Chet Kapoor, Chairman & CEO at DataStax.
I joined DataStax as the chairman and CEO in October 2019. One of the best parts of this role, and all my previous roles, has been spending time getting to know some of the brightest tech leaders from global enterprises.
Building data-driven enterprises is at the forefront of innovation. Scaling multibillion-dollar businesses is no small feat in any year, and 2020 has been especially unique. As I reflected on interactions with global CIOs and tech leaders, a few learnings jumped out at me.
1. Become a data-driven enterprise — starting now.
Building innovative and scalable business models is not easy. Many of those who are succeeding in 2020 were already ahead when it came to their data and digital strategies. That being said, 2020 has forced every leader to evaluate their approach, innovate, and accelerate their digital and data transformation.
FedEx has been on the leading edge of technology for quite some time as a data-driven enterprise, but its journey continues to evolve. During a recent interview with CIO Rob Carter on my Inspired Execution podcast, Carter asked, “In this connected world and all the possibilities that it brings with it, how do we activate the data at a more macro level?”
The lesson here is that the companies that are going to dominate — no matter what industry they’re in — are going to create new, innovative business models and value propositions that are based on data. Innovate, execute and drive forward as quickly as you can to become a data-driven enterprise.
2. Be ready to execute thoughtfully with speed.
The world can change at any moment. Enterprises need to be ready to execute thoughtfully and with speed. This means fast decision-making, being willing to fail and iterate, and employing a robust development process. To enable these behaviors, it’s critical to have underlying technology that is agile, meaning API-driven, cloud-based and built on modern technologies.
Home Depot was already well on its digital transformation journey when Covid-19 required it to accelerate its mobile, curbside and delivery capabilities. As SVP of information technology Fahim Siddiqui explained on my podcast, “We saw an immense uptake in our online business when the challenges of Covid-19 hit us. At one point, we started seeing Black Friday types of volumes every given day, and that had everything to do with having the people, process and technology basis to scale out and really provide unparalleled service.”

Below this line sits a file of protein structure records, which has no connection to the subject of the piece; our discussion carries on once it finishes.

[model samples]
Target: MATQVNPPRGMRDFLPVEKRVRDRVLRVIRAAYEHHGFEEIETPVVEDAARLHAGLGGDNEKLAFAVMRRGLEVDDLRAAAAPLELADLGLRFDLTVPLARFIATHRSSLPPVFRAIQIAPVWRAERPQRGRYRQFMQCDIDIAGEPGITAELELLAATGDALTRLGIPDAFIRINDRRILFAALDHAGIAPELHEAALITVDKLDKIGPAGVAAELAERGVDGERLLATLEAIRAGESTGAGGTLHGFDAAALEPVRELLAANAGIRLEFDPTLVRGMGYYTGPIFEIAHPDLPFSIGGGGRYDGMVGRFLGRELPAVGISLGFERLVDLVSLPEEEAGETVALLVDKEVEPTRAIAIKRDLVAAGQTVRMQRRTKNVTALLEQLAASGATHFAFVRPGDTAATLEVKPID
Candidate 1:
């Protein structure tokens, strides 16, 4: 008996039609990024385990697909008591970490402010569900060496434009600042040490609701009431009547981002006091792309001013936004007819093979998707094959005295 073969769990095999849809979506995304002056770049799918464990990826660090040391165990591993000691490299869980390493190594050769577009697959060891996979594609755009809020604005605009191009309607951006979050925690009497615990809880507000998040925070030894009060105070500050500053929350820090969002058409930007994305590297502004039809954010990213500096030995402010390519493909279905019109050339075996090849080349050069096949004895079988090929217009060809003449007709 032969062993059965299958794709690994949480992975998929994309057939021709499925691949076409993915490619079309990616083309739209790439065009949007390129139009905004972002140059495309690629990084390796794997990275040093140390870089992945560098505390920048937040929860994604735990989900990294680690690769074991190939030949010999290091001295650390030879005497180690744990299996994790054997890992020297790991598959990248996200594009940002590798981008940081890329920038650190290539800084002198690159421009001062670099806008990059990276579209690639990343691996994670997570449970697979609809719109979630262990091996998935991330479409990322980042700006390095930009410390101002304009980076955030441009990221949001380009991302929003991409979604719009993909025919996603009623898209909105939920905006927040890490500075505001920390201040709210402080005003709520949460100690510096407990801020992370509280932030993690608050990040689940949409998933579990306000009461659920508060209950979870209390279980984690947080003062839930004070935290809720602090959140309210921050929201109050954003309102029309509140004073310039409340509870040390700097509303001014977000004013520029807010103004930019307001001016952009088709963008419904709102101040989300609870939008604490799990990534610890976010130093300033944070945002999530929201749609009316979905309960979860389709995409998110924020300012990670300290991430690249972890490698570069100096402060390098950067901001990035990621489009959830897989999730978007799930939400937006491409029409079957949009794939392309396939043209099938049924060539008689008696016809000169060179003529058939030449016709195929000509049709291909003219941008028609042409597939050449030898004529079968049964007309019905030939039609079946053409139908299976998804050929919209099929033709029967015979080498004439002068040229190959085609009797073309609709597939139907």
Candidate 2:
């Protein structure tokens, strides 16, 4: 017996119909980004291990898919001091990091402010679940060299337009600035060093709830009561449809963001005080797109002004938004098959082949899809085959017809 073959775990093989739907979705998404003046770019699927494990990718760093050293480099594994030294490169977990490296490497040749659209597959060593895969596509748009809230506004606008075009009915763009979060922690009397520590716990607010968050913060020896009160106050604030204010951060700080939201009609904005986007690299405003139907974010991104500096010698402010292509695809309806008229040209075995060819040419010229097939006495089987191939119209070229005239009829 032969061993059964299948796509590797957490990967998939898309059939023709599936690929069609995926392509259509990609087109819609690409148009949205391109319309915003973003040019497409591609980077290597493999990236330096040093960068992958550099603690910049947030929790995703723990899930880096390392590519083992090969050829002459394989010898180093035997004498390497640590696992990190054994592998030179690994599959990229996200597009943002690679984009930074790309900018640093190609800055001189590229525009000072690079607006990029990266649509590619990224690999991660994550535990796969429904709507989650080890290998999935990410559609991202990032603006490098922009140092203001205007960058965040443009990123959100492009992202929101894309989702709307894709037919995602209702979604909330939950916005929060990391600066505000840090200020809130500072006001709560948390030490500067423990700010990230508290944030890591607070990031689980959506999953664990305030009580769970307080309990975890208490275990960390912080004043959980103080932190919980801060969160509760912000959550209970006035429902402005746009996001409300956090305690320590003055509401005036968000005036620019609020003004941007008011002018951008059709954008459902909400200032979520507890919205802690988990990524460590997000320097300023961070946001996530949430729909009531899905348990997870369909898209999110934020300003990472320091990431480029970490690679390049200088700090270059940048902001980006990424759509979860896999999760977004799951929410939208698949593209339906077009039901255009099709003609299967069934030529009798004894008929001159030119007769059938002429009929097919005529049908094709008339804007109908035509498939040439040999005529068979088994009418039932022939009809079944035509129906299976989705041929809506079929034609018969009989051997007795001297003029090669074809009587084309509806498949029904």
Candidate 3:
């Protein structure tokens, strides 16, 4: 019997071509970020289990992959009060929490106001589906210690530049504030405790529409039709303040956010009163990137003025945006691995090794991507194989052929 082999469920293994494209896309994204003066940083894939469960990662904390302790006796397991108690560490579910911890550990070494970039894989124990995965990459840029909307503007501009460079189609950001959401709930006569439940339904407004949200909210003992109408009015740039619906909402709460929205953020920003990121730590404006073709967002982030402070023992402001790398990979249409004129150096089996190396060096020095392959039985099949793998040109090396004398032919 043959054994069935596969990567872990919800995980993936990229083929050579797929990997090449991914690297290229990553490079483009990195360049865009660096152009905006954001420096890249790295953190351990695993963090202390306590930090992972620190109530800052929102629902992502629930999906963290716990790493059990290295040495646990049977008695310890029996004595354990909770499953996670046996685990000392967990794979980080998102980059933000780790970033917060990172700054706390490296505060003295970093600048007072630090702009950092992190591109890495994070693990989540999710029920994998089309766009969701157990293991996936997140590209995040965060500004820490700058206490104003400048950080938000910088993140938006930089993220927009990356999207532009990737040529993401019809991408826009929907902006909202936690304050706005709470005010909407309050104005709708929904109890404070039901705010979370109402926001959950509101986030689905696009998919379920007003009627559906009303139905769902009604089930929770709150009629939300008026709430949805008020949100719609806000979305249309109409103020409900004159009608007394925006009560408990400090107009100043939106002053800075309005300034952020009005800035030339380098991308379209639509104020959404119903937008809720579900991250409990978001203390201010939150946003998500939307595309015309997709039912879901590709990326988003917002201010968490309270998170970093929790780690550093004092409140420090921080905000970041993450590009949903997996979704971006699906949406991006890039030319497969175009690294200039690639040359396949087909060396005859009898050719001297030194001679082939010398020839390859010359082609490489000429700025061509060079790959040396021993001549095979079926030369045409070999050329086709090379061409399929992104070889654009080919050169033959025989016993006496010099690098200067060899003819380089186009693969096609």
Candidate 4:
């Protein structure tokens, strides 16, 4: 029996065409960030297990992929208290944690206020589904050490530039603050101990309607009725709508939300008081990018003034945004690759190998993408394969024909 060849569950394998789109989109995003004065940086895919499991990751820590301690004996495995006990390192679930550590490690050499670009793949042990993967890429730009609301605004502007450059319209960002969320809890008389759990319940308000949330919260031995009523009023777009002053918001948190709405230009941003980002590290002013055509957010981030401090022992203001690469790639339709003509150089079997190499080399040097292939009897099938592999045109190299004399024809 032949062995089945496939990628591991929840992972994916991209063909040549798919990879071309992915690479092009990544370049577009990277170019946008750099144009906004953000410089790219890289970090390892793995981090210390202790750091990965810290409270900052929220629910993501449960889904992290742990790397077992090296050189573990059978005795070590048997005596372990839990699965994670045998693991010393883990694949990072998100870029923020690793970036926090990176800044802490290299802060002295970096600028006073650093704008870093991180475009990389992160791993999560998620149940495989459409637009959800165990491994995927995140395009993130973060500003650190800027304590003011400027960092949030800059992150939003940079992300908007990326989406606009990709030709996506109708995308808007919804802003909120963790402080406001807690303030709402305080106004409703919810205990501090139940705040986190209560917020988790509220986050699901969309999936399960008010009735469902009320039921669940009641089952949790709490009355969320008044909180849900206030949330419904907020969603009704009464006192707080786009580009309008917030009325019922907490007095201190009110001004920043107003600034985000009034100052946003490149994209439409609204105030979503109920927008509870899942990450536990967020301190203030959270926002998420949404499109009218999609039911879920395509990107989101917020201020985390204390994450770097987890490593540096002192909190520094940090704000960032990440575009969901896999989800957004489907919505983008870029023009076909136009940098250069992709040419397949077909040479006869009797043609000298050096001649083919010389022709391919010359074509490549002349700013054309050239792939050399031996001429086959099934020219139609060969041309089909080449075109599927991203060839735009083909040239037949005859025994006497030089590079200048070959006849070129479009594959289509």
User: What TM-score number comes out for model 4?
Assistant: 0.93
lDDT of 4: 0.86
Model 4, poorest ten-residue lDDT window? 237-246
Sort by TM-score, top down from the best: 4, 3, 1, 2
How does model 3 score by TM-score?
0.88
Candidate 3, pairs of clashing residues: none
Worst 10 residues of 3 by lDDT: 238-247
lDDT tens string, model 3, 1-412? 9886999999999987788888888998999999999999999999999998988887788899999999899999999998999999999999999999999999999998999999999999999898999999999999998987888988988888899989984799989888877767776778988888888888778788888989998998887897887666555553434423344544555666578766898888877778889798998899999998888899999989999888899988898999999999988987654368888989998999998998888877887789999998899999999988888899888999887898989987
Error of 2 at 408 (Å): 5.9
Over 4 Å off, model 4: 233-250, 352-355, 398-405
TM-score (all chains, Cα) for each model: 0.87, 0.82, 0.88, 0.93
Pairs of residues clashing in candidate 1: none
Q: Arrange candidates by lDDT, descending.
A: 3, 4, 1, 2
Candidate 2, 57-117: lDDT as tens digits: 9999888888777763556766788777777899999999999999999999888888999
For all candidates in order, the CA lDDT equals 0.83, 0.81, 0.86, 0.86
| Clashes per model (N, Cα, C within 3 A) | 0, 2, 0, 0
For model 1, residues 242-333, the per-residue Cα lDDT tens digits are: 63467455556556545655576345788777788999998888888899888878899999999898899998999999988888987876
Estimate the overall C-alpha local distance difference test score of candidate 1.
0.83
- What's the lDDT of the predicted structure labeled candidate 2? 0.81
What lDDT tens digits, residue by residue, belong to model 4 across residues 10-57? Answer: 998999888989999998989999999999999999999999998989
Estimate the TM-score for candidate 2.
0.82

Being able to react comes down to people, process and technology. Not only can it streamline decision-making, but companies need to be willing to test and learn and, most importantly, execute from one agile cycle to the next. Together, these ingredients can allow an enterprise to scale and respond quickly.
3. Empower people on the front lines to be the voice of the customer.
Successful leaders are always focused on their customers. They make data and customer experience the driving force of their success. Sometimes, however, they get it wrong.
For example, T-Mobile CIO Cody Sanford explained on our Accelerate series that, despite leadership’s laser focus on net promoter scores and front-line data, there have been times when they were “dead wrong” about what was truly important to the consumer. To combat this, the company created a team of professionals embedded in its customer care and product development teams. With this approach, the company is able to catch customer trends and issues while there is still time to impact decisions.
It’s incredibly important for everyone in your organization to partner with customers. When everyone obsesses over users and enterprises (customers), they are able to work together to make strategic decisions and create meaningful products that scale to make them successful.
4. Open-source software is here to stay.
Open-source software fuels both technical and business innovation and has become the flywheel for momentum. Open-source software can enable and encourage collaboration, grow adoption with open code and improve reliability as more developers and contributors participate.
Observable co-founder and CEO Melody Meckfessel pointed out on Accelerate that today’s software is either open source or built on top of open source, adding that “the open-source way of developing is here to stay … it means that we’re more dependent on code written by other people, and we’re also more likely to share code that we’ve written.”
If you haven’t taken steps toward open source, I believe now is the time. Not only can it make your enterprise more efficient, but it can also open up new opportunities to extend your talent base.
5. Remember that data transformation is a continuous journey.
No matter where you are in your journey, you’re on a mission to change the world. You must earn that right and work for it every day:
• Obsess over and partner with your customers.
• Remain a user of your own product(s).
• Train relentlessly.
• Focus on metrics that drive action.
Banco Santander chief platform officer Aiaz Kazi mentioned on my podcast that the key for him and his team when moving from traditional on-premises to a cloud-native, mobile-first and AI-enabled platform was delivering in small slices — launching and learning with each one so as to mitigate risk — and that during the process, the concept of failing fast is OK.
We live in a data-driven world, and the necessity of adopting data and cloud technologies is critical to staying alive.
In future posts, I’ll cover more on how leaders can begin their journey toward becoming data-driven — the challenges, lessons learned and technologies that can help on your journey to being a data-driven enterprise.
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